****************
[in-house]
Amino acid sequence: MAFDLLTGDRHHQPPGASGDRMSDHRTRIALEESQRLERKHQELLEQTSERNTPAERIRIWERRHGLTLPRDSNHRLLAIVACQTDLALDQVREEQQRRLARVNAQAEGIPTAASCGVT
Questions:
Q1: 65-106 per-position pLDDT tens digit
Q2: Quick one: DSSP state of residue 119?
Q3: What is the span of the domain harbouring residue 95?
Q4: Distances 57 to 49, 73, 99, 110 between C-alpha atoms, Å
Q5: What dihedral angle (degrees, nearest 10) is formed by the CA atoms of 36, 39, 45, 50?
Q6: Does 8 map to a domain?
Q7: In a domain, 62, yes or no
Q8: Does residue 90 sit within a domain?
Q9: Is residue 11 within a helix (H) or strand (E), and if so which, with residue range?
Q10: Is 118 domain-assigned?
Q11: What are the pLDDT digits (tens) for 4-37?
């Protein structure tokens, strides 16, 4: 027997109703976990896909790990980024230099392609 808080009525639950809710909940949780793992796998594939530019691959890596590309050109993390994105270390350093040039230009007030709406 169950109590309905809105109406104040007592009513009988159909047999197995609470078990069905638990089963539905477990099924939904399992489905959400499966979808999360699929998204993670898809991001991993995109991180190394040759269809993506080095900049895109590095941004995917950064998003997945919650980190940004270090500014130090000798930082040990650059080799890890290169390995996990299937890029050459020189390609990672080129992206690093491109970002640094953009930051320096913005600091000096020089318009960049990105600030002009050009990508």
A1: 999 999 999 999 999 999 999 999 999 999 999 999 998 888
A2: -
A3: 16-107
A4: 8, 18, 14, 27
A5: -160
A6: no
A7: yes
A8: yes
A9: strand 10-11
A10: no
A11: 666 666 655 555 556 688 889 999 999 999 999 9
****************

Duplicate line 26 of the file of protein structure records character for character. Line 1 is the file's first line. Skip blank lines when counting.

A11: 666 666 655 555 556 688 889 999 999 999 999 9